A growing number of Democrats say they would return the U.S. to compliance with the 2015 nuclear pact world powers struck with Iran as President Donald Trump continues efforts to scuttle the agreement.
Senator Elizabeth Warren, widely regarded as one of the top Democratic contenders for the White House, said she would return the U.S. to the 2015 agreement, which saw Iran accept unprecedented curbs on and inspections of its nuclear program in return for billion of dollars of sanctions relief.
While Iran has repeatedly and consistently been verified to be in compliance with the agreement, Trump has repeatedly called it unfair to the U.S., and one of the worst deals he had ever seen, before exiting in May 2018.
Trump called on the U.S.'s negotiating partners -- China, France, Germany, the European Union, Russia and the United Kingdom -- to follow the U.S. lead in leaving the agreement, but to date none have, arguing the Joint Comprehensive Plan of Action remains the best way to ensure Iran does not attain the bomb.
"Our intelligence community told us again and again: The #IranDeal was working to prevent Iran from obtaining a nuclear weapon. If Iran continues to abide by the terms of the deal, you bet I will support returning to it," Warren wrote on Twitter in February.
In a display of the party's support for one of former President Barack Obama's signature foreign policy accomplishments, the Democratic National Committee adopted in February a resolution calling for the U.S. to re-enter the agreement.
The Trump administration announced Monday that it would end waivers for seven countries, and Taiwan, to import Iranian oil in the latest attempt to mount pressure on Tehran. The 2015 agreement lifted U.S., EU and UN sanctions on Iranian oil exports, allowing Tehran unhindered access to one of its main sources of national revenue.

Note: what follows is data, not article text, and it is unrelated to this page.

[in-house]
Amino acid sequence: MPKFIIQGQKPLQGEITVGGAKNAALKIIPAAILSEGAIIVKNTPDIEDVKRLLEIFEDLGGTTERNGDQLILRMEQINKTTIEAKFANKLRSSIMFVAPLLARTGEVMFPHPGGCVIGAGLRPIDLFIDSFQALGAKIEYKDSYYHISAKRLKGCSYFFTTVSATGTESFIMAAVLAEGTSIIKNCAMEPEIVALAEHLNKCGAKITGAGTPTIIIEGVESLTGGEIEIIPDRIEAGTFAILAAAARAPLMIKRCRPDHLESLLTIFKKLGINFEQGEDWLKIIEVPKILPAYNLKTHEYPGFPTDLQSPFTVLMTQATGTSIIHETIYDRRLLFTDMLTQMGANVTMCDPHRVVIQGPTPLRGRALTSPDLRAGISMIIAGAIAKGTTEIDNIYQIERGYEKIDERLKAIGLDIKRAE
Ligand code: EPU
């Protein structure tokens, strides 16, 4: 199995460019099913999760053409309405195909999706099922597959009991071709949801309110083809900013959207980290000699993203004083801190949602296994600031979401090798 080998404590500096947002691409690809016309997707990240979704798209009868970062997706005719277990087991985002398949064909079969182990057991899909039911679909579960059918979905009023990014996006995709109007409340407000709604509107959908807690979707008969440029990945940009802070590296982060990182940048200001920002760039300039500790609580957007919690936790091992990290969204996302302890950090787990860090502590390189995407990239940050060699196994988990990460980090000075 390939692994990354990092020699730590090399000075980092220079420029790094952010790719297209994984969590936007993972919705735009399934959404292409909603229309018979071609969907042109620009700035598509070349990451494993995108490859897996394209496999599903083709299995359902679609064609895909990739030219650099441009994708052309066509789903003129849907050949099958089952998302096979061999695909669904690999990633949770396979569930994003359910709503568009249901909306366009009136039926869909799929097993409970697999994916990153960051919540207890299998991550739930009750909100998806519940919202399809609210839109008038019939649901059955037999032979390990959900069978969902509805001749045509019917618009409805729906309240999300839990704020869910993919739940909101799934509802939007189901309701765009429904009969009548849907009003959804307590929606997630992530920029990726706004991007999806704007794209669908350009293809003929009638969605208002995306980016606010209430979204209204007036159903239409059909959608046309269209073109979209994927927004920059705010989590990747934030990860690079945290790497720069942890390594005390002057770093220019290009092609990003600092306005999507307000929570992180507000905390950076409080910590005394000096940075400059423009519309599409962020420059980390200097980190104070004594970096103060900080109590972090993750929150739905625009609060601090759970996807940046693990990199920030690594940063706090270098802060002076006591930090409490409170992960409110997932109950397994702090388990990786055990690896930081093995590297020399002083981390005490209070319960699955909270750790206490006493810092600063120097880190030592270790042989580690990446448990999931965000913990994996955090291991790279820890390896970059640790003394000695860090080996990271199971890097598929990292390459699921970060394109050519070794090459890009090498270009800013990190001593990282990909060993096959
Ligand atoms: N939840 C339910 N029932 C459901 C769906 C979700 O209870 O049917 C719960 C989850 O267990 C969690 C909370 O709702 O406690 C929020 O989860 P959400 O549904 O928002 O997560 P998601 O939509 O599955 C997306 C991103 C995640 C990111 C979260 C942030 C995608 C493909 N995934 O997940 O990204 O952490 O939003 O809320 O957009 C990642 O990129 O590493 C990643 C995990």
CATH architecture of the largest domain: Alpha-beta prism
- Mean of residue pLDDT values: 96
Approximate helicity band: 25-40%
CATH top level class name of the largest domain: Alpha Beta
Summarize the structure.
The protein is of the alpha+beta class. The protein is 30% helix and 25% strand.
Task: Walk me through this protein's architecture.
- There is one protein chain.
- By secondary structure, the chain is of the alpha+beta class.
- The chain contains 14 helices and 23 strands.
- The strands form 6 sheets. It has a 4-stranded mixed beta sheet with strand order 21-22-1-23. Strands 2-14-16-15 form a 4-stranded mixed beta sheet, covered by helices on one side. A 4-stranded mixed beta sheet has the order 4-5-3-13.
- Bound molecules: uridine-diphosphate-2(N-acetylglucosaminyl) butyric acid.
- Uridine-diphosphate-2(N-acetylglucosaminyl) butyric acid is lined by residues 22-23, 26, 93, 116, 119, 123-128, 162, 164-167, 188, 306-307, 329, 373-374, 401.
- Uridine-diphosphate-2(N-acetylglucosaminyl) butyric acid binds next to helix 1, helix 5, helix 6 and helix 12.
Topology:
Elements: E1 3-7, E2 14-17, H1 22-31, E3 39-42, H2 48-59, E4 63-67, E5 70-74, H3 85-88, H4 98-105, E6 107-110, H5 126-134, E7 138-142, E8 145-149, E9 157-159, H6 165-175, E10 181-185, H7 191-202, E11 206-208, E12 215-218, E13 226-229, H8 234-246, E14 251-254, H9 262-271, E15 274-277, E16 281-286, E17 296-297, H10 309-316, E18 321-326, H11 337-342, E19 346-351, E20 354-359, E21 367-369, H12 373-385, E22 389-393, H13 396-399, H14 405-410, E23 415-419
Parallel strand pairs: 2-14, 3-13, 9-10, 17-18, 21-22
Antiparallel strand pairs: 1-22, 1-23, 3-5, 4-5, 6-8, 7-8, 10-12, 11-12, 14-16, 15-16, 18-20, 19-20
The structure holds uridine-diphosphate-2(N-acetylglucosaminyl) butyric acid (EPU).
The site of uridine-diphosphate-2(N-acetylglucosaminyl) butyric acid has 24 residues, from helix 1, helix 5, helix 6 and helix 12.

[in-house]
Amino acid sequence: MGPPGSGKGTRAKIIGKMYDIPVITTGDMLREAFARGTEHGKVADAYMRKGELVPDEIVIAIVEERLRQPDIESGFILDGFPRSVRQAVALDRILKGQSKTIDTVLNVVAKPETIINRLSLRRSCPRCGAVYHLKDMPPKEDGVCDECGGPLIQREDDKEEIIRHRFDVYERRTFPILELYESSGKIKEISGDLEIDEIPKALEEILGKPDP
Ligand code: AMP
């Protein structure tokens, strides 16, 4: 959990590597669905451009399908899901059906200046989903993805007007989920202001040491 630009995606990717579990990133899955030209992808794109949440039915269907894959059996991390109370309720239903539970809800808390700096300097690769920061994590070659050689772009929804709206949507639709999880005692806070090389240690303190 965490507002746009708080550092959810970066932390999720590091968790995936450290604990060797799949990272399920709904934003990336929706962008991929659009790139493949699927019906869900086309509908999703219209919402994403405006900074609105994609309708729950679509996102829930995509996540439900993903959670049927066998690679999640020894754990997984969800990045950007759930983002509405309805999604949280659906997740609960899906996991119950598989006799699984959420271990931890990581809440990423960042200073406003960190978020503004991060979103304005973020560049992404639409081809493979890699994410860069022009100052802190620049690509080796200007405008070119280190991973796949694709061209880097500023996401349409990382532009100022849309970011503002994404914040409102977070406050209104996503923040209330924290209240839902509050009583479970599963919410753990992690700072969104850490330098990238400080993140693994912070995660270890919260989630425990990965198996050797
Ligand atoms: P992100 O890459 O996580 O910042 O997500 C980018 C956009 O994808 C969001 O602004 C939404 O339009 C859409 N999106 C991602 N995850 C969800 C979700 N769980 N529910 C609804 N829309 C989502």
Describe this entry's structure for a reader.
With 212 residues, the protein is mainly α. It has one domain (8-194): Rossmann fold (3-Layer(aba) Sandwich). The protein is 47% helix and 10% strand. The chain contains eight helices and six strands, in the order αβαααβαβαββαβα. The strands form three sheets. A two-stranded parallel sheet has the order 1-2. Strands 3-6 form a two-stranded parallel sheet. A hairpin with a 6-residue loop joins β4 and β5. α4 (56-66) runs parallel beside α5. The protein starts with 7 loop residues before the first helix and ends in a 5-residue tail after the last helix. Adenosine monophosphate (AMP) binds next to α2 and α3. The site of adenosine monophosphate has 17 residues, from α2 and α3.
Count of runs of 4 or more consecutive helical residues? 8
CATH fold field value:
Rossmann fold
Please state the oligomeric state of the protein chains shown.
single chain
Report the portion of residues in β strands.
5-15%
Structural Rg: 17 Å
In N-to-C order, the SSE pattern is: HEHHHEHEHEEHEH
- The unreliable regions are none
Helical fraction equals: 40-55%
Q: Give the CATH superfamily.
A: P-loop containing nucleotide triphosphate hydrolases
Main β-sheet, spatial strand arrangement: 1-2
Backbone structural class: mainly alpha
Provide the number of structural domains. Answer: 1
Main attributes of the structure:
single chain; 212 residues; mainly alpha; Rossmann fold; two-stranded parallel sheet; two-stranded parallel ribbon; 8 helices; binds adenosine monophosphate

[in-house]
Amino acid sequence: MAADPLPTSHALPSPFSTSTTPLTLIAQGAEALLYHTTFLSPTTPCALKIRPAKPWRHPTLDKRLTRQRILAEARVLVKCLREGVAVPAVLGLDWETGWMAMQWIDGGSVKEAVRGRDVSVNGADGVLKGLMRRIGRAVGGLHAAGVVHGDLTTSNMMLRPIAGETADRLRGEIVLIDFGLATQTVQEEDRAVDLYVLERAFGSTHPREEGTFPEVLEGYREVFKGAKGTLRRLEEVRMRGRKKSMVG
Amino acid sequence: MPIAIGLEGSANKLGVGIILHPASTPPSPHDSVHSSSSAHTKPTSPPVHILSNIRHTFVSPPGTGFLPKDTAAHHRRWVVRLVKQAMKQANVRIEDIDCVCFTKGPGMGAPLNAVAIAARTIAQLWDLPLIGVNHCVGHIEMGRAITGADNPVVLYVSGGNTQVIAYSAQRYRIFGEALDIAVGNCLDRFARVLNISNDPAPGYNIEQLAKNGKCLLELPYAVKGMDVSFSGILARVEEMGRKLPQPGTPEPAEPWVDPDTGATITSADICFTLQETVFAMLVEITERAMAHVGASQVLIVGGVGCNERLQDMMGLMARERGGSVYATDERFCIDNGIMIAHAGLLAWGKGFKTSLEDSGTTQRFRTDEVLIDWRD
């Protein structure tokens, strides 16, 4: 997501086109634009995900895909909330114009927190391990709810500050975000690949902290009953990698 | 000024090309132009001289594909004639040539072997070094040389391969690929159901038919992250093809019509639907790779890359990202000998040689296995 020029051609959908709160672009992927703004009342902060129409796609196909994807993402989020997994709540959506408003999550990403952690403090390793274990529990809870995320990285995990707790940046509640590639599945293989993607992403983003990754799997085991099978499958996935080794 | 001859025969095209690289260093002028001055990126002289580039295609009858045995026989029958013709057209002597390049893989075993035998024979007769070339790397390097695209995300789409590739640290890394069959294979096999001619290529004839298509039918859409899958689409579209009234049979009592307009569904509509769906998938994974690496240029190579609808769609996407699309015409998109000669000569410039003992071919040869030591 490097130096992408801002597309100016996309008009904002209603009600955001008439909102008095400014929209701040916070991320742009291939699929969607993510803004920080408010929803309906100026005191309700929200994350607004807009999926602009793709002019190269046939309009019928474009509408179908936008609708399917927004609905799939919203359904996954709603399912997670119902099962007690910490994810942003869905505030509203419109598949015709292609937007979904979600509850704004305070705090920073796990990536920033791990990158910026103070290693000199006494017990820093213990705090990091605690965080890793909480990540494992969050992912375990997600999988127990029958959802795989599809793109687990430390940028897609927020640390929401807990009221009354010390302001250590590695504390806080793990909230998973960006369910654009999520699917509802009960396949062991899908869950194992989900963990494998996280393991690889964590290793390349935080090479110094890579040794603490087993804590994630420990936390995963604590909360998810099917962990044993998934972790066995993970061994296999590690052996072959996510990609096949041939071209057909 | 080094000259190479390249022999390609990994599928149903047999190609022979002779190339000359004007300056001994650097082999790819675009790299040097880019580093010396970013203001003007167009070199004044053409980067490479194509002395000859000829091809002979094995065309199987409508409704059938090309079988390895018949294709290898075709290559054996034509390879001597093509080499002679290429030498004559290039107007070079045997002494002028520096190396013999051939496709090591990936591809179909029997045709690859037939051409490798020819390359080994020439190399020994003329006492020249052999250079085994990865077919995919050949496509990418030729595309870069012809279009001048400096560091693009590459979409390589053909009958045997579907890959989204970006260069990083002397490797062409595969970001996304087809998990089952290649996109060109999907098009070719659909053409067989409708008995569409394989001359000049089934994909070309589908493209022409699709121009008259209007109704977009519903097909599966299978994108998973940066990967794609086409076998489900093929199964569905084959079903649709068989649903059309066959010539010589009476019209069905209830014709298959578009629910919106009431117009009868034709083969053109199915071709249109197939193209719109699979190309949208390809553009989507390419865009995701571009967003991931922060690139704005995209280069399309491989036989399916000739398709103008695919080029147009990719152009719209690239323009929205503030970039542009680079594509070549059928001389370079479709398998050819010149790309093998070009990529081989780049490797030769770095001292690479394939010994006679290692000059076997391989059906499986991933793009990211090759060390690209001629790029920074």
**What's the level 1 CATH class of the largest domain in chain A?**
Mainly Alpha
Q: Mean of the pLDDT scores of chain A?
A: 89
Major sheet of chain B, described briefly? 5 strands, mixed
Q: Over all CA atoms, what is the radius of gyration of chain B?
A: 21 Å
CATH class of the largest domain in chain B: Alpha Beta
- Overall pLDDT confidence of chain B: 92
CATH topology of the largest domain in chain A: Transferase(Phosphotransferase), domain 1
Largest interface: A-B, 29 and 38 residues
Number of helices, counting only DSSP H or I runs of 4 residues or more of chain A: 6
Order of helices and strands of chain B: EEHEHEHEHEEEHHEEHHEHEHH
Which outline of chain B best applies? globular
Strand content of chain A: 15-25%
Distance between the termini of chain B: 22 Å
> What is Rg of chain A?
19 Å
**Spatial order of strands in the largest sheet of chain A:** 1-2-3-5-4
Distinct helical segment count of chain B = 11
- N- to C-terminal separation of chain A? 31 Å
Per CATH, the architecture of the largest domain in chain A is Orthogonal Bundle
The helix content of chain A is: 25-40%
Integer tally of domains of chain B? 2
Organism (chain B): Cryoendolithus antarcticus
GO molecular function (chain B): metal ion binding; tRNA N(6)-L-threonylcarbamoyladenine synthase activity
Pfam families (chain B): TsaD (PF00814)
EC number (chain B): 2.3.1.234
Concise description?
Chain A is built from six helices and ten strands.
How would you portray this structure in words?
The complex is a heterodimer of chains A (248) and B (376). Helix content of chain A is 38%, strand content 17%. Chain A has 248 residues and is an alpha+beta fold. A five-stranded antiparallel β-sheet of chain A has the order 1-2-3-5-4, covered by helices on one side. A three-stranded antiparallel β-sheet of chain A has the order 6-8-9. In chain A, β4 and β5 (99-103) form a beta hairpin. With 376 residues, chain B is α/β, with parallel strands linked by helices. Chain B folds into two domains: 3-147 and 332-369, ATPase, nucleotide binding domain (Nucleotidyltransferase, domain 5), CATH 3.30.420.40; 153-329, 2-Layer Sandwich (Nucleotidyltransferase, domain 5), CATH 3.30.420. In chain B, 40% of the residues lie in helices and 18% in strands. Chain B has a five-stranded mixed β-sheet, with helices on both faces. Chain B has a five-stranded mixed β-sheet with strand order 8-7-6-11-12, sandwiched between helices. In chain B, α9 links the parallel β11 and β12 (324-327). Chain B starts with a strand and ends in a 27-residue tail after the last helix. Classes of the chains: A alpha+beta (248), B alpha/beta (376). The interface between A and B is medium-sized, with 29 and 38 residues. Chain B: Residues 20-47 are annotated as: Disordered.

As of May 2, no country will be able to buy Iranian oil without the risk of running afoul of U.S. sanctions -- the Trump administration's latest effort to force Iran to leave the agreement.
But should 2020 go the Democrats' way there is no shortage of candidates who have said they would rejoin the historic agreement.
In addition to Warren, Senator Bernie Sanders, who mounted a fiery 2016 bid, has indicated that he would seek to have Washington return.
A Sanders aide told the Al-Monitor news website, "as president, Sen. Sanders would rejoin the JCPOA and would also be prepared to talk to Iran on a range of other issues, which is what Trump should’ve done instead of simply walking away. Rejoining the JCPOA would mean meeting the United States’ commitments under the agreement, and that includes sanctions relief."
Sanders is one of five presidential candidates who confirmed to Al-Monitor their desire to return to the JCPOA, including Senator Kamala Harris; Miramar, Florida Mayor Wayne Messam and lecturer Marianne Williamson.
A spokesman for Pete Buttigieg, the South Bend, Indiana mayor whose campaign is ascendant, also told the Hill website he would follow suit, as did a spokesman for former congressman Beto O'Rourke.
Three senators who have yet to explicitly state if they would seek to rejoin the agreement -- Cory Booker, Kirsten Gillibrand and Amy Klobuchar -- did vote in favor of the agreement when it came before Congress.
Former Vice President Joe Biden, who is expectedly to officially announce his candidacy as soon as Thursday, is highly likely to return the U.S. to compliance as has was a vital part of the U.S. administration that initially brokered and then implemented the agreement. He strongly criticized Trump's decision to leave the accord.
And Former Housing and Urban Development Secretary Julian Castro, said on Twitter in March "If Iran continues to comply with the terms of the agreement as determined by the intelligence community, I will re-enter the U.S. into the #JCPOA as President."
Democrats are expected to have their first primary debate in June. That will kickstart a flurry of campaign activity ahead of the Democratic convention next summer.
By Michael Hernandez in Washington